Graphene has been receiving a great deal of attention since it was first discovered because of its amazing properties. The atom-thick material has among the highest electrical and thermal conductivity ever measured, while also being incredibly strong and flexible. Now researchers at MIT and Oak Ridge National Laboratory have found imperfections in pristine graphene, but instead of limiting the material's capabilities, this discovery could lead to whole new uses for graphene.
Made of a hexagonal array of carbon atoms, similar to chicken wire, many have believed graphene to be a very impermeable material, but when the researchers tested this they found molecules were slipping right through it. This is because there were apparently microscopic pores in the graphene that were just large enough to allow some molecules through. When put under an electron microscope, the researchers found that the pores were between 1 nm and 12 nm, which is just large enough to let through some molecules, such as some salts, but not larger ones.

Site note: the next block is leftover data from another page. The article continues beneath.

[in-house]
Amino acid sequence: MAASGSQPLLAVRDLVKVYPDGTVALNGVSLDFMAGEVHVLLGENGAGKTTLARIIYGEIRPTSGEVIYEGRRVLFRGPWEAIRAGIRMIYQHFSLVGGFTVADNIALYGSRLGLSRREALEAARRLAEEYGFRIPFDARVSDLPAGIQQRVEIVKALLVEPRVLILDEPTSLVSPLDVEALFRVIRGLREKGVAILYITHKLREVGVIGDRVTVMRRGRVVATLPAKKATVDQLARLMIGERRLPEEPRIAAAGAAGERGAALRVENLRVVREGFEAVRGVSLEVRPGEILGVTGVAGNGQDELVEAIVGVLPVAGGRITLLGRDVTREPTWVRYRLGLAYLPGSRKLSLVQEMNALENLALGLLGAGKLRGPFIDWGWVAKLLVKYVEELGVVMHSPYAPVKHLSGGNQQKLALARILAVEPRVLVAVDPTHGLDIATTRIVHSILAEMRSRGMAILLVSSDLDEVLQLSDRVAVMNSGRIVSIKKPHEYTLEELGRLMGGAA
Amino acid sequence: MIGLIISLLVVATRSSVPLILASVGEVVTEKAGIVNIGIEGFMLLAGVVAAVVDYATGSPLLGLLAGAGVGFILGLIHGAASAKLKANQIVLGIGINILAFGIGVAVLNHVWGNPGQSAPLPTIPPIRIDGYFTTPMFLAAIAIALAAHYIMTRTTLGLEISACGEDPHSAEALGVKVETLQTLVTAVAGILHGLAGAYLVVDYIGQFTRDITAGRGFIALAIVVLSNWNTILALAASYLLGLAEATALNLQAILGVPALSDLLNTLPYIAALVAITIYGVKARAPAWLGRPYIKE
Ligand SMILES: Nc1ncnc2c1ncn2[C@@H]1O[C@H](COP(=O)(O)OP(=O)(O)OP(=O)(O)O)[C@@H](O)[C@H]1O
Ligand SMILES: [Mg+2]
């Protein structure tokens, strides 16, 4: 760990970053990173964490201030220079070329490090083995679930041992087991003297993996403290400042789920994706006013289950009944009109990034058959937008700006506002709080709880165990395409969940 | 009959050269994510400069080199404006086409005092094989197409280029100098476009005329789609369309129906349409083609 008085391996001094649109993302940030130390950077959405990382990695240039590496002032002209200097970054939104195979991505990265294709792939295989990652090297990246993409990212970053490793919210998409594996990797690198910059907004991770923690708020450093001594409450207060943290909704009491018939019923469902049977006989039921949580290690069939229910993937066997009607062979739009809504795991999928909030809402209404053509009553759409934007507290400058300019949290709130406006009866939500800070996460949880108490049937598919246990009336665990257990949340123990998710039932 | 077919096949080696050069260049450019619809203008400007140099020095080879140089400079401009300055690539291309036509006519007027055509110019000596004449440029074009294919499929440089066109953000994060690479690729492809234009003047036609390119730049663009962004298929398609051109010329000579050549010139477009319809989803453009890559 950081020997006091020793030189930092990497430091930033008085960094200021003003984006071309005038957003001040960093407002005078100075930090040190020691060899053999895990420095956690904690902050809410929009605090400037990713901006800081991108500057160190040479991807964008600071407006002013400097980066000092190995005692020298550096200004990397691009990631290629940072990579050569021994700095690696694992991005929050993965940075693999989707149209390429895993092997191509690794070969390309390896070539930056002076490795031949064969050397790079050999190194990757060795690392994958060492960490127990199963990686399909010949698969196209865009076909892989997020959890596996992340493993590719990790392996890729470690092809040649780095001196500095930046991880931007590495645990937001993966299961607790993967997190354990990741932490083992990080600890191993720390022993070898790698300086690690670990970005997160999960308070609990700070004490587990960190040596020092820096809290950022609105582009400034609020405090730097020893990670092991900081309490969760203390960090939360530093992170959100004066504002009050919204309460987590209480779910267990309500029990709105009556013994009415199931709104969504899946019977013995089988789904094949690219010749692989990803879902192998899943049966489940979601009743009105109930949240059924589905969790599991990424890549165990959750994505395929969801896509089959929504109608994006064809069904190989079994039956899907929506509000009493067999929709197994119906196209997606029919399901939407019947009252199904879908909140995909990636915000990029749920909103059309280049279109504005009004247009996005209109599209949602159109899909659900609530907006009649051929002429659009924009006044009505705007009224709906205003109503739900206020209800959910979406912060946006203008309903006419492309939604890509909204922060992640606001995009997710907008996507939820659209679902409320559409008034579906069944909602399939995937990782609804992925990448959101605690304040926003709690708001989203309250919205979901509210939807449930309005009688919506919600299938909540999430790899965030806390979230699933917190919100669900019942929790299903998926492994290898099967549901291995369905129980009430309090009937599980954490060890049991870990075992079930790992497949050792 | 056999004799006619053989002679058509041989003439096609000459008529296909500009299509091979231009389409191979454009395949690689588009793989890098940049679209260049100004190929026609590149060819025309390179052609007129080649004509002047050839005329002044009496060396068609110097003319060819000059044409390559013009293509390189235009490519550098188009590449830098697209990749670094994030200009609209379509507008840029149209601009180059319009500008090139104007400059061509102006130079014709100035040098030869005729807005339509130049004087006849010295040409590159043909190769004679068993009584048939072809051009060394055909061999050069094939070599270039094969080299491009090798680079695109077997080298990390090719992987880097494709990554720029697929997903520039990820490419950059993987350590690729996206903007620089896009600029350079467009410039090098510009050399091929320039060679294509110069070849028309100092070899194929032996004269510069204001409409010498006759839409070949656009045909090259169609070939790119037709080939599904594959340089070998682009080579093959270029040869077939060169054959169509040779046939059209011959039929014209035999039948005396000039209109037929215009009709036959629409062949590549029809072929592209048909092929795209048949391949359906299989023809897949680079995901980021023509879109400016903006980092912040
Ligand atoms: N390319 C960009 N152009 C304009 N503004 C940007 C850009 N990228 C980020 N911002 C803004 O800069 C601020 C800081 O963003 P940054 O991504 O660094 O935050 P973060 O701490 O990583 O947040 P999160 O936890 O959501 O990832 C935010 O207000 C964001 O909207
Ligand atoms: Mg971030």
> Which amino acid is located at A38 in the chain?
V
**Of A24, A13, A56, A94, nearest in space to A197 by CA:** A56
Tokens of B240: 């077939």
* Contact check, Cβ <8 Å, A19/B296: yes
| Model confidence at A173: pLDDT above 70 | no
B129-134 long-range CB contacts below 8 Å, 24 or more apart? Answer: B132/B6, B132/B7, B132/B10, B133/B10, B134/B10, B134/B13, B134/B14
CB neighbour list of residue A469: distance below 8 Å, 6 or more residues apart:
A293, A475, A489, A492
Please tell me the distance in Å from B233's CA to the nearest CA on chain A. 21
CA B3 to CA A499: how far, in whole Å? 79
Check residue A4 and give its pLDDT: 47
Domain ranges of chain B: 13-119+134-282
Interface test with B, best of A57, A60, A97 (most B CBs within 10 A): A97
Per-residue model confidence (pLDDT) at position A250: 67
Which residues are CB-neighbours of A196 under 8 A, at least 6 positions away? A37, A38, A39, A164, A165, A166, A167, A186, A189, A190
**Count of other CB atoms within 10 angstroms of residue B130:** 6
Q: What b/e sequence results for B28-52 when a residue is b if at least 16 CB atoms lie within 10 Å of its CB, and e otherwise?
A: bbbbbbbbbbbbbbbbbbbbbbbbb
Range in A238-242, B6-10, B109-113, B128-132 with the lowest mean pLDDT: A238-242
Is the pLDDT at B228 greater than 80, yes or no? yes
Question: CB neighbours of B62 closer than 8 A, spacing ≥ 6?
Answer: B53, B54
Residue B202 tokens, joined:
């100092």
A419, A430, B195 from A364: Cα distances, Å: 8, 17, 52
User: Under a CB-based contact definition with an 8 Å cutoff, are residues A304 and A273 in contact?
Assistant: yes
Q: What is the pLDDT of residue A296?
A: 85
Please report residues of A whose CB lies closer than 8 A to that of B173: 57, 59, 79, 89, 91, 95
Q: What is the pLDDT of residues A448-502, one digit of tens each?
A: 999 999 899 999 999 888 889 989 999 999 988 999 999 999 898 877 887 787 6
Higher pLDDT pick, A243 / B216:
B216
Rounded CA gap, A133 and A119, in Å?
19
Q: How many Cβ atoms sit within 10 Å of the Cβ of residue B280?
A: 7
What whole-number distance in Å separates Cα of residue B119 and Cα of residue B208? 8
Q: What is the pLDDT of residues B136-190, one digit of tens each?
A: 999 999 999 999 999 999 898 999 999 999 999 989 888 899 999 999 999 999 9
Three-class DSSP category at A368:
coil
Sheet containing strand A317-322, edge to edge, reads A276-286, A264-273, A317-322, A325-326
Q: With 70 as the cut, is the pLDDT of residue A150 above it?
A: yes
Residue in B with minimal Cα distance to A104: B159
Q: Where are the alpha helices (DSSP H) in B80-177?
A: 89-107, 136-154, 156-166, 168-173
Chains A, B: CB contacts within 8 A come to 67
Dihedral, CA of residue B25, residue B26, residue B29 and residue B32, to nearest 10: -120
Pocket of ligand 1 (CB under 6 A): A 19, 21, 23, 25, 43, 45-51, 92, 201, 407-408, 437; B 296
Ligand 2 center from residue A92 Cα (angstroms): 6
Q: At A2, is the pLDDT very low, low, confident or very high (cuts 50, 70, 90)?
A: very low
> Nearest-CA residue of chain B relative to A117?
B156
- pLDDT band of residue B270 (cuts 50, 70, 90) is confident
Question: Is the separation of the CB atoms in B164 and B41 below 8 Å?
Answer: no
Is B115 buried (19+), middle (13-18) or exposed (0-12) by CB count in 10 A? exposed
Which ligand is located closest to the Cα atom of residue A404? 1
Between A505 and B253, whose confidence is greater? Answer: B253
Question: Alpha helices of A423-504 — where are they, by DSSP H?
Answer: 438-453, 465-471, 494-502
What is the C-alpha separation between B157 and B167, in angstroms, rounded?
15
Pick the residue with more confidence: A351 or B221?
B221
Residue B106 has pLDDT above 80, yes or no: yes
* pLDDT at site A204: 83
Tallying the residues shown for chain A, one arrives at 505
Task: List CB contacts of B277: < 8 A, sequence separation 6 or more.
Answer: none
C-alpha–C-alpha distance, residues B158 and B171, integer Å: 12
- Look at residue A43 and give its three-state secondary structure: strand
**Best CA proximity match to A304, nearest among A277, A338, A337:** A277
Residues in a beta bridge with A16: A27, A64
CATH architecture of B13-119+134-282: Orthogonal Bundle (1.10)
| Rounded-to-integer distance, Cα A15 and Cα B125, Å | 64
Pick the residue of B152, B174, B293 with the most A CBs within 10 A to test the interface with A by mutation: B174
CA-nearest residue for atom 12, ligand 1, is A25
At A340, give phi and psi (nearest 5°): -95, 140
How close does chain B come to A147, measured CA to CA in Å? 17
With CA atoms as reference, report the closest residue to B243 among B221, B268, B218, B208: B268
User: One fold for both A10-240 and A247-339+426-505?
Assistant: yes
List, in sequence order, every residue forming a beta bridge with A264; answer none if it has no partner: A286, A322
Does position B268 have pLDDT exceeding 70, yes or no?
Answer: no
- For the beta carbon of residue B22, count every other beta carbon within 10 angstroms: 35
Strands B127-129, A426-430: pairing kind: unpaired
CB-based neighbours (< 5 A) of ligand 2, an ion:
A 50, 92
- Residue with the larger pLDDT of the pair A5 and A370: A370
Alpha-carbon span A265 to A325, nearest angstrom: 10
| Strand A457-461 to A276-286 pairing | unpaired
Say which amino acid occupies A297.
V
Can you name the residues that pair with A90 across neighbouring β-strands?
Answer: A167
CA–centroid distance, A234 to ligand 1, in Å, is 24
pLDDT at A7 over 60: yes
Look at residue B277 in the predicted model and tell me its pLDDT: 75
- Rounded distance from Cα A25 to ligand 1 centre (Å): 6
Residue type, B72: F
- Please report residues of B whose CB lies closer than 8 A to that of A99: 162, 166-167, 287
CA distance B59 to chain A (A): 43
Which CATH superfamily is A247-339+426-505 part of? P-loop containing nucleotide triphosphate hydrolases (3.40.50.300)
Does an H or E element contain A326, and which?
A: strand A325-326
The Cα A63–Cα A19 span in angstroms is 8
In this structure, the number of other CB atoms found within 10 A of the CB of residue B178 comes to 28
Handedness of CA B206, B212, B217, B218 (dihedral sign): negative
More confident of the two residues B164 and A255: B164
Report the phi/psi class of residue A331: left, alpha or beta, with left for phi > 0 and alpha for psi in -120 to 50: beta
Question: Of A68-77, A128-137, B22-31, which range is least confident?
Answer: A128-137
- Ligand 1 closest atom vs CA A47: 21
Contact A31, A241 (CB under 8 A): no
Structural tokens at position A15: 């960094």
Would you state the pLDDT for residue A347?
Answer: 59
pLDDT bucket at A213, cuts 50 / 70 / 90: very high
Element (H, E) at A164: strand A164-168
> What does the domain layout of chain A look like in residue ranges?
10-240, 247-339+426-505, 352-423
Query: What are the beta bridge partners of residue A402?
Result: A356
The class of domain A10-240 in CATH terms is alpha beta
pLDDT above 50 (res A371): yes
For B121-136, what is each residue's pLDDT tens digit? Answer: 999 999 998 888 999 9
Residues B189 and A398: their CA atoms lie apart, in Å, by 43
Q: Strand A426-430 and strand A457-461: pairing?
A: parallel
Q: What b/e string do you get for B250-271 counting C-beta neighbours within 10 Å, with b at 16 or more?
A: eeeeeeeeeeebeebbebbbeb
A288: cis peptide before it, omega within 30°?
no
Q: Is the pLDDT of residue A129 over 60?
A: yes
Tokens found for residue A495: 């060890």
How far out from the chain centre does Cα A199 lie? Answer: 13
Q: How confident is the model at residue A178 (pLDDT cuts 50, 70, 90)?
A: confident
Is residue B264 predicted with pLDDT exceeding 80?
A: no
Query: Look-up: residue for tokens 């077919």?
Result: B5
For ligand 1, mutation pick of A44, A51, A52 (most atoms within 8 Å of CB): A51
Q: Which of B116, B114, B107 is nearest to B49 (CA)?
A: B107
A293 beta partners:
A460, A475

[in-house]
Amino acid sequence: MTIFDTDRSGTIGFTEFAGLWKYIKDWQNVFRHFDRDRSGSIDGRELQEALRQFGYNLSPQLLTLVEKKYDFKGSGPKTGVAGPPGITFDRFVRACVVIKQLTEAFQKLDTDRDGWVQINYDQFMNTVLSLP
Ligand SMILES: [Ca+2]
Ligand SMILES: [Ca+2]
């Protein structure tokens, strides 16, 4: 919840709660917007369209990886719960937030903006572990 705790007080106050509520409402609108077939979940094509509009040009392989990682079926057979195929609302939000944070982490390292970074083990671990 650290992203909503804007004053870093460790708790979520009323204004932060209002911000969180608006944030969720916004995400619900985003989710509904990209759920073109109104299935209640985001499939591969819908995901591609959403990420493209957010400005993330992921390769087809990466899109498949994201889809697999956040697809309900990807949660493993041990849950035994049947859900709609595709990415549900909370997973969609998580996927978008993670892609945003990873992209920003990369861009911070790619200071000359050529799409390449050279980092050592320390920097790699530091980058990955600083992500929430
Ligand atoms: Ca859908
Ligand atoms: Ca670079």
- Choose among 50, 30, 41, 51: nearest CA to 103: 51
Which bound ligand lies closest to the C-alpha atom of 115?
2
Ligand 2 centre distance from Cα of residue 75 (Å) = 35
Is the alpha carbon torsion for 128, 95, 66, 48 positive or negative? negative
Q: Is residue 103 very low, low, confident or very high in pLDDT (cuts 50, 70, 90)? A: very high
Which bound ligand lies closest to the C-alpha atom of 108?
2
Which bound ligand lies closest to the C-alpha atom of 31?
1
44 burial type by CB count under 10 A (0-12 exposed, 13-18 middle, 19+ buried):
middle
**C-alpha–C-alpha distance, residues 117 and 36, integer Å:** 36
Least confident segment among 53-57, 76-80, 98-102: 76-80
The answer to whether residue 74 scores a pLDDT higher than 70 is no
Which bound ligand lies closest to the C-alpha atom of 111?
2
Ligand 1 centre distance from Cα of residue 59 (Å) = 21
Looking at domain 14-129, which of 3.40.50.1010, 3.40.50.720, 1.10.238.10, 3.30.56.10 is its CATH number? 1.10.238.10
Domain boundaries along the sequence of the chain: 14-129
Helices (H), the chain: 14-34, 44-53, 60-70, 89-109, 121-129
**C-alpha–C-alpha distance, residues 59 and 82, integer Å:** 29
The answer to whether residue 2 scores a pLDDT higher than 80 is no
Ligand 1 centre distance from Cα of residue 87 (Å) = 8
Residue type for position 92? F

The researchers are now looking at how graphene behaves with different substrates and ways to control the shape of the pores. As this represents a way to filter molecules at the molecular level it could lead to advanced sensors and water filtration systems. If these devices are ever realized, the strength of graphene will prove very valuable as the material will not be shredded by materials flowing through it.